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3,600-yr-old Shipwreck Uncovered Could be Oldest Ever Found in the Mediterranean

Louise Flatley
Not the actual shipwreck. Used to illustrate the story.
Not the actual shipwreck. Used to illustrate the story.

A team of marine archaeologists has uncovered a 3,600-year-old shipwreck in the Mediterranean, just off the coast of Antalya, Turkey. The ship, believed to have been a merchant vessel sailing from Cyprus, may be the oldest ever discovered, according to Haaretz.

The wreck was discovered by a team of archaeologists led by Professor Hakan Öniz, from Akdeniz University, Turkey. Based on its position and the large cargo of copper ingots found inside and around the wreck, it is likely to have been a trading ship, ferrying goods from Cyprus to the Aegean region.

Although the ship is in very poor condition, and the hull has been almost completely destroyed, the bulk of the ship, together with its precious cargo, has survived, making this a remarkable and extremely rare find.

According to an article published in the journal Palestine Exploration Quarterly, the team discovered 73 copper ingots inside the wreck. Weighing around 1.5 tons, this immense supply of copper was shaped into “pillow-like” ingots, characteristic of the late Bronze Age. The shape of the ingots allowed Öniz to date the wreckage to before 1400 BC, as from this point onwards, copper was transported as “ox-hide” ingots with a peculiar and distinctive shape.

If correct, this dating means that the ship is the oldest wreck ever to be found in the Mediterranean, even older than the famous Uluburun shipwreck, found near Kas in southwestern Turkey. Although finds have been salvaged from older wrecks off the coast of Greece, this is potentially the oldest wreck where the ship itself, and not simply its contents, has survived.

According to Öniz, the ship shared the fate of many other Mediterranean vessels in antiquity. In order to facilitate navigation, merchant ships would tend to stay close to the coastline. However, this meant that they could easily be driven onto treacherous coastal rocks, particularly in bad weather. Öniz suggests that it is likely that this ship met with a violent storm, although it may have also been a victim of war or piracy.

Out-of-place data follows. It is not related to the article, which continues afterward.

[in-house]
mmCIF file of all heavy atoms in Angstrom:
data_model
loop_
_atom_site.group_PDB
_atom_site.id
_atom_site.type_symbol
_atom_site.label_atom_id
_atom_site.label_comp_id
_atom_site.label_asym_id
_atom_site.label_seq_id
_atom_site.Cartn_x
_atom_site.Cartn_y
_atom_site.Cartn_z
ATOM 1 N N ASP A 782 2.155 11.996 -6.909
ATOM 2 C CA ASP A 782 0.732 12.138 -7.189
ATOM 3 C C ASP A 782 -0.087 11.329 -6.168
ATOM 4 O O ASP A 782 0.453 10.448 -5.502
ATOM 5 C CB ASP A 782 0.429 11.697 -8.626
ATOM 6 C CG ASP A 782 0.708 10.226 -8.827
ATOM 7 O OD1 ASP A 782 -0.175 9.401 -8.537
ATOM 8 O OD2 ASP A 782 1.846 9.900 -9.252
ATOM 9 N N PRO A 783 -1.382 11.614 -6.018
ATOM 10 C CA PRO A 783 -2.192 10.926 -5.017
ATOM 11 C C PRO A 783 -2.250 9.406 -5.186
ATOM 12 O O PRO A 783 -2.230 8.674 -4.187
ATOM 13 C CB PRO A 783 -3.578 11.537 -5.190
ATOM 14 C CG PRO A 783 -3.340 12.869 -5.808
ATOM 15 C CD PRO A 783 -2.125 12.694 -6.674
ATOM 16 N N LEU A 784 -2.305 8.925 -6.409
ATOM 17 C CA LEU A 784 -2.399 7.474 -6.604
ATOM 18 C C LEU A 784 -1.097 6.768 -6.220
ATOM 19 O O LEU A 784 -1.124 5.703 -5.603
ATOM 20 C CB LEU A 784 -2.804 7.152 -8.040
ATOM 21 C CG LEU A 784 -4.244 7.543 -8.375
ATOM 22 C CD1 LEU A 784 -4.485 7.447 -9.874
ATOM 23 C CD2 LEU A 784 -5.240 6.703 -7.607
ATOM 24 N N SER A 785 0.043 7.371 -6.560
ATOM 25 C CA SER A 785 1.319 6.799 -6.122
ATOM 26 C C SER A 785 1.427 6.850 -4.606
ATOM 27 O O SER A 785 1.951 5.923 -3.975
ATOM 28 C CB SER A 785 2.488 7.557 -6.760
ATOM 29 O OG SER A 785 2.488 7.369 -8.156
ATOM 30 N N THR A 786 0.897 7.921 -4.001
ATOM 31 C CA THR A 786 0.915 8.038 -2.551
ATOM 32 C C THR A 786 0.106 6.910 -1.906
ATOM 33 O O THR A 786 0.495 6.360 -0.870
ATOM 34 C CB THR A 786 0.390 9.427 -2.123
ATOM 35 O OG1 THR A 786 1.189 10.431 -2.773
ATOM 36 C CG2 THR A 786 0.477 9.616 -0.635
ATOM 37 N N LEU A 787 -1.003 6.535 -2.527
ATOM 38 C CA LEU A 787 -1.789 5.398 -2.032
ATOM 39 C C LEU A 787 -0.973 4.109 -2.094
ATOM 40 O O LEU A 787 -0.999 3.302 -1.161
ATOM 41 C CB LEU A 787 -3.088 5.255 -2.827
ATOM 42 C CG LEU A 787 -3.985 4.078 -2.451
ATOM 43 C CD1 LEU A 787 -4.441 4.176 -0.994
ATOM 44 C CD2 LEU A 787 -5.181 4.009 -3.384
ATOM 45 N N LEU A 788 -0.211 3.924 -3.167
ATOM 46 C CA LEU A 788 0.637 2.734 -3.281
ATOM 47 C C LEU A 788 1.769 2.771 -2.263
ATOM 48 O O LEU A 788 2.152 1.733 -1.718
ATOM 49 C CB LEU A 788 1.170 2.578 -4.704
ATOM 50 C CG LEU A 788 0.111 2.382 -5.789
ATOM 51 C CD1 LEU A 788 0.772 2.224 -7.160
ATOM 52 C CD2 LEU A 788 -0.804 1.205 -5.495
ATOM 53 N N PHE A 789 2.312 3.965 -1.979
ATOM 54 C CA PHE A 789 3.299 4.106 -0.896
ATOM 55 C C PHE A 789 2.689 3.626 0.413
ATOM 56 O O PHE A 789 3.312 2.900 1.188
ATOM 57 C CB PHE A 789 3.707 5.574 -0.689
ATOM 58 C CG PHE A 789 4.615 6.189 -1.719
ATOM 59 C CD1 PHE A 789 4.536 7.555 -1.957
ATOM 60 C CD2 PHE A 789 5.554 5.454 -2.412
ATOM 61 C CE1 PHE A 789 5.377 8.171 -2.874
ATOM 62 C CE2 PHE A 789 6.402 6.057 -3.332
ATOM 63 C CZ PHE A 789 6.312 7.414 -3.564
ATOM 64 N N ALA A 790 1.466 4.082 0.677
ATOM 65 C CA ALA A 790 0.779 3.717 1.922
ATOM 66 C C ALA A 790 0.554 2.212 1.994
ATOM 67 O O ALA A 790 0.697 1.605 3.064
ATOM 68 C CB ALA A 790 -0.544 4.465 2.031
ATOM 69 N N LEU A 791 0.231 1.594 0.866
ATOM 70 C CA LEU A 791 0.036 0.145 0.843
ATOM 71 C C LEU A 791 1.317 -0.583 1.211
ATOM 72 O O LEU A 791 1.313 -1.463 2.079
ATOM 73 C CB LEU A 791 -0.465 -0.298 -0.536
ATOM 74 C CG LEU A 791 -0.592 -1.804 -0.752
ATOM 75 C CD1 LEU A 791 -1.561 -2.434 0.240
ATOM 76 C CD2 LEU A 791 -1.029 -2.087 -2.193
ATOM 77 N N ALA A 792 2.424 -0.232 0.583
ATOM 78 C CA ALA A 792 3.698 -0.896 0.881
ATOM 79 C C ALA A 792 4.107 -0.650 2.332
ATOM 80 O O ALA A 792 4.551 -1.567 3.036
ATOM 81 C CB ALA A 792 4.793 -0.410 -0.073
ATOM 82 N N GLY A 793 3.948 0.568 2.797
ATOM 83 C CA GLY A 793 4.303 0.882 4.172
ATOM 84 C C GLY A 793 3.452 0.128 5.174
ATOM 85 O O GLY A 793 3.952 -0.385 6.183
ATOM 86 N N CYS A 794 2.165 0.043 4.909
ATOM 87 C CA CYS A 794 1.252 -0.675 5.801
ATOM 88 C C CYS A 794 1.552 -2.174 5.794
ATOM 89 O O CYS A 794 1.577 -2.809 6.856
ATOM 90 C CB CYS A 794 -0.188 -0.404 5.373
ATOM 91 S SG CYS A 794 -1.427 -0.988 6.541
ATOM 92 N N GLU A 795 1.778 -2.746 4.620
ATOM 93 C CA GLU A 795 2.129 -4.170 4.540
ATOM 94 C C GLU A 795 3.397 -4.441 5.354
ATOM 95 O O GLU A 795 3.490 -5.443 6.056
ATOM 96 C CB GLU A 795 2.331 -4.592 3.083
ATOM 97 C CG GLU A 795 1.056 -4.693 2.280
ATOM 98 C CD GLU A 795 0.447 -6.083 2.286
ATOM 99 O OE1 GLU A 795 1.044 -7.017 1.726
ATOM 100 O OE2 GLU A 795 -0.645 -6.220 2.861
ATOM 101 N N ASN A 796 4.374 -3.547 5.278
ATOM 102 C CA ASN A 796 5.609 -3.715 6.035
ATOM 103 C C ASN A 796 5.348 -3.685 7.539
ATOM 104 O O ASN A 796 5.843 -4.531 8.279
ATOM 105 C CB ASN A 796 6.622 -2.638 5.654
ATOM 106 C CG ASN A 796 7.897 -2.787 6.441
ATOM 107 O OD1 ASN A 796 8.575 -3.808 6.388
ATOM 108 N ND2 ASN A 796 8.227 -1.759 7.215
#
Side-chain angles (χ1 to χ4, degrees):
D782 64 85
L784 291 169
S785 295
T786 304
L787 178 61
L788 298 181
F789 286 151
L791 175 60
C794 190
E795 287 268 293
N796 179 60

Copper was an extremely important and valuable commodity in the Late Bronze Age, and Öniz speculates that the ship could have been travelling to one of a number of destinations in the eastern Mediterranean, including Mycenae, Troy, or other important settlements where copper was in high demand for use in weapons manufacture.

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Other shipwrecks discovered off the coast of Turkey dating to the Late Bronze Age have also been found carrying large amounts of copper, and isotope analysis has shown that it was usually mined on the island of Cyprus. Although the ingots from this latest discovery have not yet been analyzed, it is reasonable, due to its position and the shape of the copper ingots its was carrying, to assume that it too was traveling from Cyprus to other destinations in the Mediterranean.

In order to avoid any damage to this important and immensely fragile structure, nothing has yet been removed from the site. Instead, according to Haaretz, the team carefully observed and documented the cargo that had been distributed around the site, and then used sonar-scanning technology to study the wreck in detail. The analysis showed that more cargo and part of the ship are buried beneath the seabed, which lies around 50 meters (165 feet) below sea level.

Öniz and his team are excited about the next stages of their research. According to Haaretz, they hope to raise funding that will allow them to excavate parts of the ship and its contents, and use carbon dating techniques to verify its age.

Read another story from us: Shipwreck Discovered – Oldest Seafaring Vessel Ever Found in Dutch Waters

A find of this rarity offers archaeologists a unique insight into Bronze age maritime traditions, commerce and seafaring technology, and therefore has the capacity to tell us a great deal about the people and societies that traversed the Mediterranean in the 16th century BC. One thing is certain – this ancient ship holds many more secrets, just waiting to be discovered.

Louise Flatley

Louise Flatley is one of the authors writing for The Vintage News